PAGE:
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Is ringing somebody up exclusive to telephone use, or can it be used to say you made a call on somebody's person?

EDIT: Note that my question is specifically asking about British English; I would love to hear from an actual Brit the answer.

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and give him a ring means the same - unless you're proposing :) – JoseK Apr 25 '11 at 13:05
"Knocking someone up" has very different meanings in British vs. American English. – user362 Apr 25 '11 at 14:56
No one brought up knocking [somebody] up....please save the jokes for relevant questions. – Uticensis Apr 26 '11 at 11:39
@Billare: So, what do you require? Proof of residency? scan of the passeport? What happens if a Brit answers who is currently living oversea? – F'x Apr 26 '11 at 12:11
@F'x: I most certainly am that, and yes - I delayed this reply to give time to think of even a single instance where 'ringing someone up' might be used in meaning something else, I can't. If I were to post an answer then it would only serve to reiterate your point plus add my (in)experience as noted here. – Grant Thomas Apr 26 '11 at 14:39
up vote 13 down vote accepted

The Oxford English Dictionary clearly states:

ring: [trans., Brit.] call by telephone

The Cambridge Advanced Learner’s Dictionary also says “to make a telephone call to someone”.

Though it's always hard to prove a negative, I've never seen it used for something other than a telephone call, and looking through some recent Google Books excerpts doesn't bring any other use either.

Answer Officially Sponsored by Mr. Disappointment, Britishness Expert!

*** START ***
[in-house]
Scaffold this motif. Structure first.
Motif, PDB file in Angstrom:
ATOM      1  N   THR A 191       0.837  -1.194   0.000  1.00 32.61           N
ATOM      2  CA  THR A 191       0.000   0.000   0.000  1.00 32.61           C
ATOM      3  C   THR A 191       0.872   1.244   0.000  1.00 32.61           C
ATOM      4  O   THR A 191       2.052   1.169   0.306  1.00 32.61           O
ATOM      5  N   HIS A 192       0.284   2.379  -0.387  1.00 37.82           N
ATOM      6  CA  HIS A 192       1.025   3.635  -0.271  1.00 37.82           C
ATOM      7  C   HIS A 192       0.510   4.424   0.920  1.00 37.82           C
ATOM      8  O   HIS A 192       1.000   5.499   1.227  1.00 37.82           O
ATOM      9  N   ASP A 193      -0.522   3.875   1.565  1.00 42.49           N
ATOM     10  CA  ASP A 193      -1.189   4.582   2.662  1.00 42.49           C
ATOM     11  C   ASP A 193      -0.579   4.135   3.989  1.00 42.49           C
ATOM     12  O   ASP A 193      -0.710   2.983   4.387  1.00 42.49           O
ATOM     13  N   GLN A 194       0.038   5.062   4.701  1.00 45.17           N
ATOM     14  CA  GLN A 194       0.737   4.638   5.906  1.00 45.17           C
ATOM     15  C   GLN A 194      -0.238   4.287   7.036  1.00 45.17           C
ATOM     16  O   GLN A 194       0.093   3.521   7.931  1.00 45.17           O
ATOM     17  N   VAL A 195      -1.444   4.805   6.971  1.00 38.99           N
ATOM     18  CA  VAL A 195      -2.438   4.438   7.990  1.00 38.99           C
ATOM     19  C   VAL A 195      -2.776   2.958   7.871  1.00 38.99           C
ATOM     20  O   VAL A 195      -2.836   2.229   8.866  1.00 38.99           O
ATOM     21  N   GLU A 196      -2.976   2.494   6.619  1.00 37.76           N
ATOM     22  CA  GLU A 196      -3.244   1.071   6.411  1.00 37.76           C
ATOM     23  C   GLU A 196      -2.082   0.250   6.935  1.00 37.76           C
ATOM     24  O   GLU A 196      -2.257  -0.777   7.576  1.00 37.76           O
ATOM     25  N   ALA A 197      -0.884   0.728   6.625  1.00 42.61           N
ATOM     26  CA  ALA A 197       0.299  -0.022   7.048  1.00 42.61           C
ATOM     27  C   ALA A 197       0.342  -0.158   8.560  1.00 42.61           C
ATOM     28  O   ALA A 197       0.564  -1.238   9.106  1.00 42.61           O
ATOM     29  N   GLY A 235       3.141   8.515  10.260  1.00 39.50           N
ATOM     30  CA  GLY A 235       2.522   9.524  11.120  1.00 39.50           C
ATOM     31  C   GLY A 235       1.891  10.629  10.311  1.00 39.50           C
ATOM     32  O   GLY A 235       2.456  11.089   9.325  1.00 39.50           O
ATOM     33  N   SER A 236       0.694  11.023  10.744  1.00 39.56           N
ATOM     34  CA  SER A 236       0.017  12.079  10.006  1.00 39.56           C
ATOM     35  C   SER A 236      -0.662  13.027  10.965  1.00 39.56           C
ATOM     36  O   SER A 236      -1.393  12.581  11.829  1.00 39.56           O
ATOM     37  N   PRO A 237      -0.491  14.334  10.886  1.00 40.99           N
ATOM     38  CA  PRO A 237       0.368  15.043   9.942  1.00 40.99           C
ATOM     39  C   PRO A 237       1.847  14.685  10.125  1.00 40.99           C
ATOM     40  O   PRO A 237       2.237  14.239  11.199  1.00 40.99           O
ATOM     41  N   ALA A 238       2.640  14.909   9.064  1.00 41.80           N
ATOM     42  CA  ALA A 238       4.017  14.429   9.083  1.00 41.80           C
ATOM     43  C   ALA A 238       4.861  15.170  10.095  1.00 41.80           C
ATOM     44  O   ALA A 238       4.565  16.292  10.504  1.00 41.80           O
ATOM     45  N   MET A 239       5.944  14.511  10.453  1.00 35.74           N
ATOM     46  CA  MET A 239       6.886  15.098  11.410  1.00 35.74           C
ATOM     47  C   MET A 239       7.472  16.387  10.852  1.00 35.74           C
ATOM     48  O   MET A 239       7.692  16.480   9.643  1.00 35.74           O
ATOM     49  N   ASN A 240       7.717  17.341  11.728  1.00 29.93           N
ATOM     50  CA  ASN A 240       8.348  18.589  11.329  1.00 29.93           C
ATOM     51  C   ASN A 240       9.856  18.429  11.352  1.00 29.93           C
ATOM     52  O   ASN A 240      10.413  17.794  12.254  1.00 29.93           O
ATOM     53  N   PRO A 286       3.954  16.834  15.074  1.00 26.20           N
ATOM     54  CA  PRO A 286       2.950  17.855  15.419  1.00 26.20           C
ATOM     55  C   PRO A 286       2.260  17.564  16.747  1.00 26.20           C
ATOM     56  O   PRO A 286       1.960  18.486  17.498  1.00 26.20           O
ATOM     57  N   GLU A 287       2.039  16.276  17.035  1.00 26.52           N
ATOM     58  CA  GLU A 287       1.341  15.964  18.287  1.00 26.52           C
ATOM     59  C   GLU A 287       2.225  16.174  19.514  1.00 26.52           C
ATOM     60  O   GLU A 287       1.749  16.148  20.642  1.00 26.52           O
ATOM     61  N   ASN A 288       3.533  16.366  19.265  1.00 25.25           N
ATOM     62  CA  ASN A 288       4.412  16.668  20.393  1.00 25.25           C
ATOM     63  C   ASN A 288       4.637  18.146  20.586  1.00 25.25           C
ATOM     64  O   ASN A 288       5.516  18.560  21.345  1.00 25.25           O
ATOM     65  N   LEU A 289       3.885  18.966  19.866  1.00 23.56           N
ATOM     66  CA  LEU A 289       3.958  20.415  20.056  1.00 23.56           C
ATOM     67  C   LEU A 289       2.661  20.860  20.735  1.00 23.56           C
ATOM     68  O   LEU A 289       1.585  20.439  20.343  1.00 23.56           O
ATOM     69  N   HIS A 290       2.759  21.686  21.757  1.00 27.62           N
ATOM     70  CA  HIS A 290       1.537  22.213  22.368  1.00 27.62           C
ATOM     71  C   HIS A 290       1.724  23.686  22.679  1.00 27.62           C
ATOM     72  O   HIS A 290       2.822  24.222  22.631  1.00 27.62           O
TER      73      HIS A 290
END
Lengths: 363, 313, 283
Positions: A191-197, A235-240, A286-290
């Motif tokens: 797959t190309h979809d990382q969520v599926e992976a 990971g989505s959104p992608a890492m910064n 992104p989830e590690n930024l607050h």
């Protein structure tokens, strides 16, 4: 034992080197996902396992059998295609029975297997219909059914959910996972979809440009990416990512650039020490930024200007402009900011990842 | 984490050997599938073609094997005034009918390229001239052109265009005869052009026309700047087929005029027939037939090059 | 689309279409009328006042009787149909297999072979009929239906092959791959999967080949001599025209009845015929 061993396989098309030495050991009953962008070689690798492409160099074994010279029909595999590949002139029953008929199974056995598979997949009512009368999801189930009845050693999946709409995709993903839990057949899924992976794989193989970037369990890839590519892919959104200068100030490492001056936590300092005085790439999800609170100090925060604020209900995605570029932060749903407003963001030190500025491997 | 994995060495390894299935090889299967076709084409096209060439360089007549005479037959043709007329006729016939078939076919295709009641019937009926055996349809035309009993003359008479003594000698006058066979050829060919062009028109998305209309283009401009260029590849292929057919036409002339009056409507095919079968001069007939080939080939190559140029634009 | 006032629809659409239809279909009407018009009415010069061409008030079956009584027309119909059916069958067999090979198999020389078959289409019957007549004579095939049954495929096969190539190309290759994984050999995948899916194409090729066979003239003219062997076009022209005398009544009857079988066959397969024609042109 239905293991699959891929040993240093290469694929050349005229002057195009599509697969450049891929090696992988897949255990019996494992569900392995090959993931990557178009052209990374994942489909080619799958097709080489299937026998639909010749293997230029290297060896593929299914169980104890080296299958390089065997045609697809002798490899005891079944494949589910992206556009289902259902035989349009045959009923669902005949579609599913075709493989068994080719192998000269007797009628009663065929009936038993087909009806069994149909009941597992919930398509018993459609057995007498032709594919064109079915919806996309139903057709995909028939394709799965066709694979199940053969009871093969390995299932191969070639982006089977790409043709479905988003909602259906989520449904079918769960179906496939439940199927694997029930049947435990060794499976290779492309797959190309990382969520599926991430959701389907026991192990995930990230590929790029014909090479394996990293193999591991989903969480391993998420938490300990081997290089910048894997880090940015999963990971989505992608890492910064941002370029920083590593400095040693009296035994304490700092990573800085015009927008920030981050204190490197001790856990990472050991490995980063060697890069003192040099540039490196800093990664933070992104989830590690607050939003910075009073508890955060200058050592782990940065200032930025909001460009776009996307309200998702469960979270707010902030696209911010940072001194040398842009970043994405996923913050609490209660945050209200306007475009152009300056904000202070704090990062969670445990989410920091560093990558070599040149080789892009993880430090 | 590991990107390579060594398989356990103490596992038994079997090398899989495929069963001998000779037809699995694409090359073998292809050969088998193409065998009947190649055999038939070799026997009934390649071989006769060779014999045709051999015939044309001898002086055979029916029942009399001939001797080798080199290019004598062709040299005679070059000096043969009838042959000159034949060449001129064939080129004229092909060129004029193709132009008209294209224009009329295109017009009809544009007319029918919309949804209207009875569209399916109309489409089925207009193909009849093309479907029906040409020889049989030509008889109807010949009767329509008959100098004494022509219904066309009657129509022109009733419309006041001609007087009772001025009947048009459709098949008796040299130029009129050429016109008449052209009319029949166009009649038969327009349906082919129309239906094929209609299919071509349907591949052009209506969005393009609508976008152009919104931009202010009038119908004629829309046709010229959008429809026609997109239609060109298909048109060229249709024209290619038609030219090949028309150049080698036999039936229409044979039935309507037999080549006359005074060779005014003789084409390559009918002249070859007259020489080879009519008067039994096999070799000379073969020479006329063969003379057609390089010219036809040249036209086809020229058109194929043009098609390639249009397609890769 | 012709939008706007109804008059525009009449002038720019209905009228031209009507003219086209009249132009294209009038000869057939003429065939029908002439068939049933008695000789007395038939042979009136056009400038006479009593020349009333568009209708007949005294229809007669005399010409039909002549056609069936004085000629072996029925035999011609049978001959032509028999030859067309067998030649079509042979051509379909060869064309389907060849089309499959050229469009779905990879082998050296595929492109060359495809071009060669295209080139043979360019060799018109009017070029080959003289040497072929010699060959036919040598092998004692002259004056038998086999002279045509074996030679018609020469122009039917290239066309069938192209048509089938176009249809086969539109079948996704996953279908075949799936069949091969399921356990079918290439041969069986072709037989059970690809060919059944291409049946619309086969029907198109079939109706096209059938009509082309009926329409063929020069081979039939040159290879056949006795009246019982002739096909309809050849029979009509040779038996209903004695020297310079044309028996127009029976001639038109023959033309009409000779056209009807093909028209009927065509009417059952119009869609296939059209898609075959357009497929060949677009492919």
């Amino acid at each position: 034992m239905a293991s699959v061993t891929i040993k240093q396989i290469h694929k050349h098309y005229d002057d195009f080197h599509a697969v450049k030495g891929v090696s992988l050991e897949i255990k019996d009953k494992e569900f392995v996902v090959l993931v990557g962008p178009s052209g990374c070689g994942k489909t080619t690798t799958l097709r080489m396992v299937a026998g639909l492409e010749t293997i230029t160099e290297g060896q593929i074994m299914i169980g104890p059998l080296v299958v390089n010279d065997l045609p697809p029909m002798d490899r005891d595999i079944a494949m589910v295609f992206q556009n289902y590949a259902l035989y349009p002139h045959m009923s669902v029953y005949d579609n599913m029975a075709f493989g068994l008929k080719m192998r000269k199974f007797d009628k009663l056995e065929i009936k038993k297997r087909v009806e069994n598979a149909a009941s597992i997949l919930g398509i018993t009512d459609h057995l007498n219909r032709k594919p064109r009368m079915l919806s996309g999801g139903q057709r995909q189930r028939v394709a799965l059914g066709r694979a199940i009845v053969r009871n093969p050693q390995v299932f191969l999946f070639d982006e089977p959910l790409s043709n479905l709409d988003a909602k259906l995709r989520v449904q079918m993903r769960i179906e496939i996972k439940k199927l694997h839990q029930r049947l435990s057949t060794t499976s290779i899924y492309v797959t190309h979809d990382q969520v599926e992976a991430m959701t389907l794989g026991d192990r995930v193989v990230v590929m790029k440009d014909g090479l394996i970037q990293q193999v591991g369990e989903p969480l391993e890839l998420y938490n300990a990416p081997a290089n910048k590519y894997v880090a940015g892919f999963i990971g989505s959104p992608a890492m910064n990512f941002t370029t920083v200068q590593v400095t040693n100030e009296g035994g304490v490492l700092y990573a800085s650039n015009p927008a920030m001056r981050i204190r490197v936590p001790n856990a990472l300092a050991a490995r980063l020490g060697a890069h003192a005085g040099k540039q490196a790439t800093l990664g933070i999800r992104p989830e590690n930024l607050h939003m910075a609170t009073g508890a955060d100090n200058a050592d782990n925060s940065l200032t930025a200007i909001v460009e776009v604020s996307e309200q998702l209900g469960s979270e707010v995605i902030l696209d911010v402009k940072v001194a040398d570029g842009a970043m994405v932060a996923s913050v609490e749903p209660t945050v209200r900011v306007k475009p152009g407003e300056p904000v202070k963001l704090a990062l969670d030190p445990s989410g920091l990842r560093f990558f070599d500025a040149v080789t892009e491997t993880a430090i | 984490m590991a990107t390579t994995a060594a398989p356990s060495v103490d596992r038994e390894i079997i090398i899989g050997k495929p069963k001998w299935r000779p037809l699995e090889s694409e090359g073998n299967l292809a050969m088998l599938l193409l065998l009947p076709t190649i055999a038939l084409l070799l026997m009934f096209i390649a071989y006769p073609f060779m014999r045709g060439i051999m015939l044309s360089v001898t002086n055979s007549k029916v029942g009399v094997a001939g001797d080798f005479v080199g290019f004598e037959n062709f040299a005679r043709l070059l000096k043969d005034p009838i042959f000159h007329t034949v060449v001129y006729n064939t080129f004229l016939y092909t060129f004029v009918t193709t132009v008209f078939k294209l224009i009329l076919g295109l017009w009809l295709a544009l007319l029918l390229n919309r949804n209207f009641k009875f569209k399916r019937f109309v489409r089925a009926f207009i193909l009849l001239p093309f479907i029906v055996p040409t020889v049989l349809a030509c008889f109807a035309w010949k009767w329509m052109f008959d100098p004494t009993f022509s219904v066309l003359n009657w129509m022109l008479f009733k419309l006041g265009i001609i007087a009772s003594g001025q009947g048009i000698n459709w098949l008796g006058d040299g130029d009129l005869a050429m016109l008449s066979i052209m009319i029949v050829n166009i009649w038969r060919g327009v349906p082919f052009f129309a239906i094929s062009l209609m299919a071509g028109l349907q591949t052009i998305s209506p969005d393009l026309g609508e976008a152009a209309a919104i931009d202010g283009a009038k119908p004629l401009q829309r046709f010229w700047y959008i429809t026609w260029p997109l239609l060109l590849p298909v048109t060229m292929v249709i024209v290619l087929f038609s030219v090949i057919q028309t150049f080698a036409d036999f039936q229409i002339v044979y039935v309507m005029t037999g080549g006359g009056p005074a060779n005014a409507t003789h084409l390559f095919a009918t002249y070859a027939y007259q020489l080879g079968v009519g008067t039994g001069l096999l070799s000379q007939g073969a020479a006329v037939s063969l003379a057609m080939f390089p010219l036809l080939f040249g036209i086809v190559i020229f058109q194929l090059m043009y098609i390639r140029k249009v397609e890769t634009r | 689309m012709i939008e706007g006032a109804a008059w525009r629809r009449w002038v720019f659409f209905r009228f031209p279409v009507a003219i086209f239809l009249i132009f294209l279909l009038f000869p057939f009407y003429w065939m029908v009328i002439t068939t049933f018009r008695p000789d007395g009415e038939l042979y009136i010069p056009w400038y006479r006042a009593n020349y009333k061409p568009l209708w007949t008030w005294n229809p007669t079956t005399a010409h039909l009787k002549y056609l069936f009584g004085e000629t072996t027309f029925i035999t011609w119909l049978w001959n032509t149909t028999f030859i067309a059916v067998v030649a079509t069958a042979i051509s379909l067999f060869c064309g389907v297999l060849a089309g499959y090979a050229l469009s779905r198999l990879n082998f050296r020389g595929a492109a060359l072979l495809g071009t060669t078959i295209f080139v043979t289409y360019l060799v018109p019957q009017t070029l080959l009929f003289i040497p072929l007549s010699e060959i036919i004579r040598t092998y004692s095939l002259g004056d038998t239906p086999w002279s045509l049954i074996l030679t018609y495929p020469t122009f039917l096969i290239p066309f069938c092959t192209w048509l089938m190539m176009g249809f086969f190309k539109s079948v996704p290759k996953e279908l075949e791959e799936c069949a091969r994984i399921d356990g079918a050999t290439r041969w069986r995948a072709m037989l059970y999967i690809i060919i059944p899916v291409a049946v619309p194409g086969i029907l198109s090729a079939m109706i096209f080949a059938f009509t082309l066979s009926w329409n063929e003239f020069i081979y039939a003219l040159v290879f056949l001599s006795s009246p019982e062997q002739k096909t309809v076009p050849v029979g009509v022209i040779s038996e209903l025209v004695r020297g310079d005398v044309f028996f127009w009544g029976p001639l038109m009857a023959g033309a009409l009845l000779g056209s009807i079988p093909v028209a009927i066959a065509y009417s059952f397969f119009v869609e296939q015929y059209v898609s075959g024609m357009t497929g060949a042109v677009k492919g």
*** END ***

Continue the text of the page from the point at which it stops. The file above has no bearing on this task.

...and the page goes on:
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It may be localized, but 'ringing someone up' is used in the American mid-atlantic area to refer to the process of tallying someone's purchases at a store, eg:

I can ring someone up in this line. (said by a cashier who is unoccupied)


She's ringing someone up right now, but will be with you in a minute. (when you ask to see the manager, and she's occupied.)

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I can confirm similar usage in Southern US English. – Dusty Apr 25 '11 at 16:50
and in the Great Lakes area as well. – Dave DuPlantis Apr 25 '11 at 19:22
I can confirm this usage in Pittsburgh (I lived there 5 years)… but also that it doesn’t occur in the UK, in my experience (I’m a Brit). In the UK, the cashier (=*clerk*, for some US speakers) may ring up your purchases at the till, but if she rings you up, that’s a phone call. – PLL Nov 8 '11 at 16:15
Also California usage. Worth pointing out this tends to be anachronistic with modern cash registers, that don't ring. – Andrew Lazarus Dec 12 '12 at 21:30

It just means to make a telephone call. It is never used in relation to till operations, in the form "ring up". You might ring up some items, though.

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There is "ring the curtain up", which means to signify the end of something.

There is also "ring something up" on a cash register; it can also mean "to register sales".

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